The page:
I’ve always been a writer. I was the toddler pulling down heavy encyclopedias from the shelf to figure out what the words meant. (Yes, I was born sometime after the discovery of fire but well before the creation of bioluminescent dino pets.)
I was raised in the mountains of Colorado and for awhile, we didn’t have running water, electricity or indoor plumbing. Mom and Dad thought it was a great way of passing along to us five kids the wilderness experience Dad had known growing up on an Alaskan island. We kids wished he’d grown up instead in a flat on the Left Bank in Paris and hung out in charming cafes and we could have duplicated that. But the reason I knew about Deux Magots in the first place was by reading. We might have lacked electricity but I had a flashlight, library card and all the Madeline books.
I write to understand the world.
I got a journalism degree from the University of Colorado in Boulder and realized I could use a pen to break free. I could do anything, go anywhere, ask anybody anything and have a fair chance of getting what I thought I wanted.
And then I figured something out.
Facts only take a person so far. Somewhere under the facts is where the truth lies, where our being—call it whatever you like—God, Spirit, Creator, Light, that piece—knows what it knows.
So whatever writing I do—novels, screenplays, plays, essays—I’m always trying to dive deep and touch at least a part of that magic, that part that’s connected to briny water on Mars, star patterns scratched on walls of ancient caves, music that only whales can hear. It’s also the part that sees and knows the dark parts we carry around—our shame, vulnerability, mistakes.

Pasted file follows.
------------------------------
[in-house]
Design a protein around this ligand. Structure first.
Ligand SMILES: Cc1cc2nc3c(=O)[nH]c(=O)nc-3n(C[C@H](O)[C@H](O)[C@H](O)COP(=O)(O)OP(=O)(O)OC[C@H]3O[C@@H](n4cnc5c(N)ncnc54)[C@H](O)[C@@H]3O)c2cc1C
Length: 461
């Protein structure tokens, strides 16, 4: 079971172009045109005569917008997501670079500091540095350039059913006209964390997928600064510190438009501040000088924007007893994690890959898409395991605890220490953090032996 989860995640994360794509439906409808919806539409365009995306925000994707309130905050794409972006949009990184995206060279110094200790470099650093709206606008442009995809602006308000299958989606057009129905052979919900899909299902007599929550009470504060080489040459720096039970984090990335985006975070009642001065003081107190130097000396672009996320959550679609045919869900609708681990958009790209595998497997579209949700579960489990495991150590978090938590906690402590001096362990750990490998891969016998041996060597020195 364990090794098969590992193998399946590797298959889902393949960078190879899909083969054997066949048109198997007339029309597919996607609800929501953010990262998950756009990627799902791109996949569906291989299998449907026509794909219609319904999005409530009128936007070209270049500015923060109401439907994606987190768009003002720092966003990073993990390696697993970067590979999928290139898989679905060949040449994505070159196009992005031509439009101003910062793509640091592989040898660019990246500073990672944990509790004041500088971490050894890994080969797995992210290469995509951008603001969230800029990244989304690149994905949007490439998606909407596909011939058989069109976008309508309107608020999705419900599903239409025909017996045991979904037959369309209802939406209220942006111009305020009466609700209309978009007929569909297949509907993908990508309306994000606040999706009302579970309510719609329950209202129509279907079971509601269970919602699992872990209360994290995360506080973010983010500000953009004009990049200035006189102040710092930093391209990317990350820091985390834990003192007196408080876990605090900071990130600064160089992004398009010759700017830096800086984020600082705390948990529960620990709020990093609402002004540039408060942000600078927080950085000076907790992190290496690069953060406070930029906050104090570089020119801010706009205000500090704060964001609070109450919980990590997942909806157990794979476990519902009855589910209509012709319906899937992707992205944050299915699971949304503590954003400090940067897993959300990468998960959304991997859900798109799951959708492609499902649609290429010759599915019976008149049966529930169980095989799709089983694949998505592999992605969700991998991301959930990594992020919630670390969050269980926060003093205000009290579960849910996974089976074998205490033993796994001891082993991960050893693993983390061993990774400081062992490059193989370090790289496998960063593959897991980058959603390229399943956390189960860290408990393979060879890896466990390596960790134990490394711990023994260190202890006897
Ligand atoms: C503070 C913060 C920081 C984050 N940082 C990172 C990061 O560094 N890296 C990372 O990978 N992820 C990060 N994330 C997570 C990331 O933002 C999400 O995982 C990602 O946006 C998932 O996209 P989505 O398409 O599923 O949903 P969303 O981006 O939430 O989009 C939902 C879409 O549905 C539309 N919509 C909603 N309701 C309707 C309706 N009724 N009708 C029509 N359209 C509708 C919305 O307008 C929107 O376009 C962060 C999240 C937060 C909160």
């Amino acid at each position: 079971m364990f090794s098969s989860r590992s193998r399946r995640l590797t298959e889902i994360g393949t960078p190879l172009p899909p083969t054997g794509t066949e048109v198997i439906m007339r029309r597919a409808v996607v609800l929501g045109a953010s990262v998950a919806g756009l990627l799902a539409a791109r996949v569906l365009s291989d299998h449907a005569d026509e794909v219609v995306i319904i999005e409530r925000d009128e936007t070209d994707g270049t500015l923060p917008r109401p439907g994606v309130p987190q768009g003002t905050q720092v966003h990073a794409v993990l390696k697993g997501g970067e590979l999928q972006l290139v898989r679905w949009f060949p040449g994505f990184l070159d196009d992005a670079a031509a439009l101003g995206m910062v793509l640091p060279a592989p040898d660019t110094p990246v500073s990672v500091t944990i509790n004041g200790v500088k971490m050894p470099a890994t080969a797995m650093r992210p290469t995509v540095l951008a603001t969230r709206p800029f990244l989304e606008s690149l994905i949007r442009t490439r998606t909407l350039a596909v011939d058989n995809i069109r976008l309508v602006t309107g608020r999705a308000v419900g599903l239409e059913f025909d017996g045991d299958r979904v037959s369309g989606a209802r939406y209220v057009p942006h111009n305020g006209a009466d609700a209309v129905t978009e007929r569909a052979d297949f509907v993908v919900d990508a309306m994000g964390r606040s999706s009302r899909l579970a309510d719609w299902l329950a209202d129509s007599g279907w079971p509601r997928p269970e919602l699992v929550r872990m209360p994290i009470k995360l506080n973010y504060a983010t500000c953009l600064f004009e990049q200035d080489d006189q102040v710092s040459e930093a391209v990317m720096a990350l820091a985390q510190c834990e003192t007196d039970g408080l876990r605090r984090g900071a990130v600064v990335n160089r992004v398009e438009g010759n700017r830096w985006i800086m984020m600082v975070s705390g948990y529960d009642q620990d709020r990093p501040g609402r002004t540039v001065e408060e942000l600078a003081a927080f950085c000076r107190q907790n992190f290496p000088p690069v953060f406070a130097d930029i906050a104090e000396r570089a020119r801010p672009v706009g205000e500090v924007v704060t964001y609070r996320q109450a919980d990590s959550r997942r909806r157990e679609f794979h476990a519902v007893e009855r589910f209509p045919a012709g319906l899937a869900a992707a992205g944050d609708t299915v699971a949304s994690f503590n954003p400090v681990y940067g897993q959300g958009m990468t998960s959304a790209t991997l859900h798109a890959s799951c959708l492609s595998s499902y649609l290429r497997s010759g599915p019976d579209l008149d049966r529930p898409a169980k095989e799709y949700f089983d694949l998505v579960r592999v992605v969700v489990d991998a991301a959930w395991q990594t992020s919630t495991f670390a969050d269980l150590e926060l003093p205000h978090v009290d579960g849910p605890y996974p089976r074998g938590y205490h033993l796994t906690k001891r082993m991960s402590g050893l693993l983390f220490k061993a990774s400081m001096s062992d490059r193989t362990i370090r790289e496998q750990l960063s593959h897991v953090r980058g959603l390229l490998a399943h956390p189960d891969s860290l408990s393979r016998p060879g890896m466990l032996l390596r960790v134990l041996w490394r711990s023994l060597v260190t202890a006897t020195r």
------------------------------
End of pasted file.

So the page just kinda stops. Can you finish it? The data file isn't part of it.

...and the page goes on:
Both parts—the dark and light—inform every piece of work.
I’m glad you stopped by. Look around, and if you feel inclined, drop me a note here. Yes! My intention is to actually answer them! And if you have a group you’d like me to come and talk to about writing, let me know that, here, too. I especially love speaking to people who quietly struggle with that nasty, wrong-headed, killer voice that whispers it might be too late, that they’re somehow not enough.
Me? I plan to go out a long time from now, singing loudly and off-key among a brave and merry band of seekers. We’ll probably stop by the Deux Margot for one last round before we scatter into particles of light.
In the meantime, I’ll be here writing.